The preventative analgesic effect of preincisional peritonsillar infiltration of two low doses of ketamine for postoperative pain relief in children following adenotonsillectomy. A randomized, double-blind, placebo-controlled study

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In literature, the use of ketamine for the preventative analgesia in the management of postoperative pain is controversial. The purpose of the present study was the clinical assessment of the efficacy of preincisional peritonsillar infiltration of two doses of ketamine on postoperative pain relief compared with peritonsillar saline in children undergoing adenotonsillectomy.


Seventy-five ASA physical status I and II patients, aged 3–12 years, scheduled for adenotonsillectomy were enrolled in this randomized, double-blind, placebo-controlled study. Patients were divided into three groups of 25 each and received a local peritonsillar infiltration of 0.9% saline (group S), ketamine 0.5 mg·kg−1 (group K1), or ketamine 1 mg·kg−1 (group K2). All medications were 2 ml in volume which was applied 1 ml per tonsil 3 min prior to tonsillectomy. The Children's Hospital of Eastern Ontario Pain Scale (CHEOPS) and Wilson sedation scale were used to evaluate pain levels and sedative conditions, respectively.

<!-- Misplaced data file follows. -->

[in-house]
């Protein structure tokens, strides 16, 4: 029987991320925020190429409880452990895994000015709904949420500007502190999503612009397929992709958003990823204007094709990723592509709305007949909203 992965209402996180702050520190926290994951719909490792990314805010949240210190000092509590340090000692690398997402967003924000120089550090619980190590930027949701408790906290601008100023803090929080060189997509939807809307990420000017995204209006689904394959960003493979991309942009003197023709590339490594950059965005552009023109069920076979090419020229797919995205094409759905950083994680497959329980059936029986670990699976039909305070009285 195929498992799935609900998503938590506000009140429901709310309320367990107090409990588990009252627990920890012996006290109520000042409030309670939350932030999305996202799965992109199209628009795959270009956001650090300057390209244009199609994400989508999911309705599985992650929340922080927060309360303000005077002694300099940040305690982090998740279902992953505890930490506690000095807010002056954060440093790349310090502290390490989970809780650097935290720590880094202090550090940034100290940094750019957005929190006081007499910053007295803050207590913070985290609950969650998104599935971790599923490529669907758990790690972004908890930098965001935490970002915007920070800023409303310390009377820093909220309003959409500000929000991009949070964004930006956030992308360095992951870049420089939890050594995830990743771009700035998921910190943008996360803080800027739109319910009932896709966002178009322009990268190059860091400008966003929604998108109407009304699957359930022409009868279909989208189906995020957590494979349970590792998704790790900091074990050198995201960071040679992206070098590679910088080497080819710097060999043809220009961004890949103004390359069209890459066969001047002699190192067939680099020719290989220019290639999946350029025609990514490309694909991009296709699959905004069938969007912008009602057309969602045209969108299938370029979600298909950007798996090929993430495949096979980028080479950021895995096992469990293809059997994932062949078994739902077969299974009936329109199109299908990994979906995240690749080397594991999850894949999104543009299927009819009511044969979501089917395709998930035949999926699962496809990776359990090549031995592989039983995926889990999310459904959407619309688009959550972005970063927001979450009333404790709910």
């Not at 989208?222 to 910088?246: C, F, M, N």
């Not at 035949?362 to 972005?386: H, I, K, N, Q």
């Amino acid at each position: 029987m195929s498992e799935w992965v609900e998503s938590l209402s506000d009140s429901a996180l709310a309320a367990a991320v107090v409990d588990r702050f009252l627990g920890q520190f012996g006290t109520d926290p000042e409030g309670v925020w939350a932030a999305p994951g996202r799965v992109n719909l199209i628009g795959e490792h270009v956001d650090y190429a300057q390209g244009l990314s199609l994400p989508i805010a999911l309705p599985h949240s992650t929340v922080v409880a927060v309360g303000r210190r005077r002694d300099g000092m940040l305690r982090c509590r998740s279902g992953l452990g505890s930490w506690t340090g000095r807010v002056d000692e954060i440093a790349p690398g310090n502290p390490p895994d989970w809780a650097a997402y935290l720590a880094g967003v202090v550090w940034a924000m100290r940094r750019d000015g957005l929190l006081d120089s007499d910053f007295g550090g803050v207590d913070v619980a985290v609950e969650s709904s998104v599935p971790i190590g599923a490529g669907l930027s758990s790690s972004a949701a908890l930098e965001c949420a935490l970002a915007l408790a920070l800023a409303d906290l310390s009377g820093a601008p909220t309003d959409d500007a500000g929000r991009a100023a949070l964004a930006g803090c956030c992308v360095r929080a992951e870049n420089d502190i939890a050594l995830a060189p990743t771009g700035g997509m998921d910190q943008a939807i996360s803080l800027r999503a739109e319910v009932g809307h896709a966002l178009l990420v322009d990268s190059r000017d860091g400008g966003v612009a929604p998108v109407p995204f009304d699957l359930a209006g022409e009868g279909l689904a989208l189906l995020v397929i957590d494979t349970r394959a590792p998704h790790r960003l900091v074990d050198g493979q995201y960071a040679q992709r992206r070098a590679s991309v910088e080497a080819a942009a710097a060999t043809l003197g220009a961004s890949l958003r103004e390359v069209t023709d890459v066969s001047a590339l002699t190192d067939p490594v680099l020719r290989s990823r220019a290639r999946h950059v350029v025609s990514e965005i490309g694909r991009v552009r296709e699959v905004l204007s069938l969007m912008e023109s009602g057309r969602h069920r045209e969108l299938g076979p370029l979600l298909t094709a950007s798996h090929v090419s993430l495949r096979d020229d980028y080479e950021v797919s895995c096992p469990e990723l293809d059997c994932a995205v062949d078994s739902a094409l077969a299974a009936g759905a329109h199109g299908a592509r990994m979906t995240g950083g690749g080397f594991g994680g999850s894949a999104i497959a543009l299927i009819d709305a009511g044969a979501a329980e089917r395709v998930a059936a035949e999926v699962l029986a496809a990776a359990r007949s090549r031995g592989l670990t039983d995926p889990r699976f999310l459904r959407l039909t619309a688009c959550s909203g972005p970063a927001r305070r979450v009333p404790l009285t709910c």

Group S had significantly higher CHEOPS scores than group K1 and K2. Both K1 and K2 groups had comparable scores, which were not statistically significant (P> 0.05). During 24 h after surgery, 16 patients in group S and no patients in groups K1 or K2 needed analgesics (P<0.001).


A 0.5 or 1 mg·kg−1 dose of ketamine given at approximately 3 min before surgery by peritonsillar infiltration provides efficient pain relief during 24 h after surgery without side-effects in children undergoing adenotonsillectomy.

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